• Join over 1.2 million students every month
  • Accelerate your learning by 29%
  • Unlimited access from just £6.99 per month

Finding out How much Acid there is in a Solution.

Extracts from this document...

Introduction

Finding out How much Acid there is in a Solution Aim The aim of this investigative experiment is to discover the accurate concentration of sulphuric acid (H2SO4), which is found in a solution. The concentration is thought to be between 0.05 mol dm�3 and 0.15 mol dm�3. I have been given access to anhydrous potassium carbonate (K2CO3) and a range of indicators. Plan In order to obtain the concentration of the acid in the solution I have to titre the known solution of potassium carbonate with the unknown sulphuric acid. The indicator I will be using to indicate when the reaction is fully completed is methyl orange. This is because I am using a strong acid and a weak alkali and methyl orange is the most appropriate indicator for this type of acid-alkali titration. To begin with I will have to prepare a standard solution of potassium carbonate that will be used in the titration with sulphuric acid. The potassium carbonate is of known strength and volume in contrast with the unknown concentration of sulphuric acid. This is the equation for the titration: H2SO4 (aq) ...read more.

Middle

� MAKE SURE YOU HAVE YOUR SAFETY GLASSES ON DURING THE WHOLE EXPERIMENT Potassium carbonate Although the solution I am using is very dilute I should still be aware that contact with eyes, skin and clothing must be avoided. As such I am to be wearing goggles and a lab coat. Also any slippages would cause the area to become slippery and dangerous, if they are not cleaned up quickly. Methyl orange The same precautions apply for this as did with the potassium carbonate. Sulphuric Acid It is very corrosive. If it is swallowed, wash out mouth and give one or two glasses of water. Don't induce vomiting. Seek medical advice as soon as possible. If it is splashed into the eye flood the eye with gently running tap water for 10 minutes. Seek medical advice. If it is spilt on clothes or skin remove the clothes quickly and wipe as much liquid as possible away with a dry clothe before drenching the area with lots of water. If a large area of skin was affected or blistering seek medical advice. If it is spilt in the laboratory, wear eye protection and gloves and cover with mineral absorbent and scoop into a bucket. ...read more.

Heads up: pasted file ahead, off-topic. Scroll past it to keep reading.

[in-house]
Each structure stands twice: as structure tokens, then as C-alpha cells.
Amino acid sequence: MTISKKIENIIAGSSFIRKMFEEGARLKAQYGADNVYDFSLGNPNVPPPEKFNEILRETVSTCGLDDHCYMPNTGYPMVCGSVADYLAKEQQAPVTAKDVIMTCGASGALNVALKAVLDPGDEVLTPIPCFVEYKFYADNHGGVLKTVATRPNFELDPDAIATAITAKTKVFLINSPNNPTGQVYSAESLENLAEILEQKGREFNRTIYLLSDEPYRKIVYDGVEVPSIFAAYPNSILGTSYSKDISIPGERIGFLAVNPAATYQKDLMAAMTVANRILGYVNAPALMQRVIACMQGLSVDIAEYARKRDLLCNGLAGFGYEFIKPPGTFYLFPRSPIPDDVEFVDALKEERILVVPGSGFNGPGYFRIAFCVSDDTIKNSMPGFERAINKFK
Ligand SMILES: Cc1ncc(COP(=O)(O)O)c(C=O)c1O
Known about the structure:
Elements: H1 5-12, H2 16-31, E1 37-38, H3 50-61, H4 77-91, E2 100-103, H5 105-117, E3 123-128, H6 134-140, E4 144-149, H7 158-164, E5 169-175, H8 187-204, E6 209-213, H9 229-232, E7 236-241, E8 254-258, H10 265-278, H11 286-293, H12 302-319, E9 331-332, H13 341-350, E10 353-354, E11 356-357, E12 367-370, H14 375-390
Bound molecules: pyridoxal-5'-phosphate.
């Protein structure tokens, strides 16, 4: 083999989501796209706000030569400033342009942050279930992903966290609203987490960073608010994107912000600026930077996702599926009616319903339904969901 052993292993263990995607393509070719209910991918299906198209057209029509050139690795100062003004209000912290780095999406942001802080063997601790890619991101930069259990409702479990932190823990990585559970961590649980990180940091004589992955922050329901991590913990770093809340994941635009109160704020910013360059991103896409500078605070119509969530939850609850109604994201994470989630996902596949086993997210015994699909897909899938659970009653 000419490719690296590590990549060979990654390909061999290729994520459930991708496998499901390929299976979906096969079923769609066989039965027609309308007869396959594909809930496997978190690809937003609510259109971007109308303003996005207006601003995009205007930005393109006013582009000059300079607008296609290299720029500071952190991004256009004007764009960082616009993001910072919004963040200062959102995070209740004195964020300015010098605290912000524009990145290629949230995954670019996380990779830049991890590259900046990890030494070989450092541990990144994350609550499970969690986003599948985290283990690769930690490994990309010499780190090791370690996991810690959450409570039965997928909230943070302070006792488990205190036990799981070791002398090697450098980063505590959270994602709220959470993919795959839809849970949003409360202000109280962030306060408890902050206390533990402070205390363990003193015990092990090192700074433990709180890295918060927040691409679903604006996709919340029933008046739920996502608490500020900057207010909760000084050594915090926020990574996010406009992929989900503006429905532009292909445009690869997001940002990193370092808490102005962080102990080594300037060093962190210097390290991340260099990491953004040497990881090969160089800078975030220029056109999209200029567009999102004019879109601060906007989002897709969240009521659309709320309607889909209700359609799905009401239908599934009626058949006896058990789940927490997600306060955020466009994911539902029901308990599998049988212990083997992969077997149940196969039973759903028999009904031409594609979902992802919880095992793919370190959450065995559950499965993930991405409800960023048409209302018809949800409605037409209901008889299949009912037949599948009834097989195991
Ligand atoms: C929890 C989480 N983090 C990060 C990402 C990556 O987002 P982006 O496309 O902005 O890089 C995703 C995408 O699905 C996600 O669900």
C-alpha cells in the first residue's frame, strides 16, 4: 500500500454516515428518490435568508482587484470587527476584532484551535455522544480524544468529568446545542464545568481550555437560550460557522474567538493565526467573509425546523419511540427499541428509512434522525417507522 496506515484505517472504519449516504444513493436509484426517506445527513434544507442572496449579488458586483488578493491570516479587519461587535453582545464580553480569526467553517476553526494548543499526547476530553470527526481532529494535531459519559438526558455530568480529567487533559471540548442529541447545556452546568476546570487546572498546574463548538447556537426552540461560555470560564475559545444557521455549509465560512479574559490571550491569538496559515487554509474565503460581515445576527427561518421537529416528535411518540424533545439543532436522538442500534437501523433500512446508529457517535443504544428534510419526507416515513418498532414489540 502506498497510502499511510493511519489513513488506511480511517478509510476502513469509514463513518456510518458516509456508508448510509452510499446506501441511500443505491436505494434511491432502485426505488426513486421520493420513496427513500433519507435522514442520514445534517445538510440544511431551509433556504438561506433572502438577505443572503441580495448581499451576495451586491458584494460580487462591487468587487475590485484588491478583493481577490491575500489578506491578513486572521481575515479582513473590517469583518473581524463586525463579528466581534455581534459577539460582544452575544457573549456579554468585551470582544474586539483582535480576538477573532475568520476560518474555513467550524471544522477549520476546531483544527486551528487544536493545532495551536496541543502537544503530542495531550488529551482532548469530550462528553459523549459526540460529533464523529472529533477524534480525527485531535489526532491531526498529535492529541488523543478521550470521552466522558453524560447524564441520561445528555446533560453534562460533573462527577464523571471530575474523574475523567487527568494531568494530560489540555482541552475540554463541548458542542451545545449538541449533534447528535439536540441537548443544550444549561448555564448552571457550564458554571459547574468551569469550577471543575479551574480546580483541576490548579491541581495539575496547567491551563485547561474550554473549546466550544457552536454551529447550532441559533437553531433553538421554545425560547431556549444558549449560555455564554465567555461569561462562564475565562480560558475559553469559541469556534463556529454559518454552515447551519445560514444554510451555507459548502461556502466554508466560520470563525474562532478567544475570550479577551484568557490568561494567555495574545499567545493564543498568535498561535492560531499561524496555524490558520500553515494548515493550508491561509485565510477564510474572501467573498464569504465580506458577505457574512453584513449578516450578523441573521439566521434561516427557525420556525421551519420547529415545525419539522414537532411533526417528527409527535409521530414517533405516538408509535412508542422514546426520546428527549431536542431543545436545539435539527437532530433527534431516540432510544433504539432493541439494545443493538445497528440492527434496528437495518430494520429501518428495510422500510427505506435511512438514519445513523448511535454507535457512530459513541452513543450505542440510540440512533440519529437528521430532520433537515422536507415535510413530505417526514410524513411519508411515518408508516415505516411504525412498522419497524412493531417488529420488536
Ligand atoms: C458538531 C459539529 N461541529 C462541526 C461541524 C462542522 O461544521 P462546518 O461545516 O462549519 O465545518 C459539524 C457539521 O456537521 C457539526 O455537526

Conclusion

� The burette and pipette may not have been thoroughly washed out with the solutions used. � The conical flask may not have been thoroughly washed out with distilled water between titres. � The end point may not be accurate if the solution from the burette is not added drop by drop with continuous swirling. � Too much or too little indicator may have been added each time It is not possible to place a value on the effect of human error on the reliability and accuracy of results. However, further repetition of the experiment would limit the effect human error has on results. Improvements to the investigation would be mainly aiming to reduce the human error. This could be done by using equipment that displays values and measurements digitally, or detect the colour change more accurately. Overall I do not believe my results could have been that inaccurate seeing as my titres were the same. I feel that the procedure allowed me to discover the accurate concentration of the acid to a fairly accurate and reliable degree. Sources: � Chemical Ideas - Salters Advanced Chemistry (2nd Edition). � Chemistry - Ann and Patrick Fullick (2nd Edition). � Hazards in the Chemical Laboratory - Edited by G.D Muir (2nd Edition). � Google Images - Keyword: Titration Tahamtan Pishgharavol Chemistry Coursework: Titration 1 ...read more.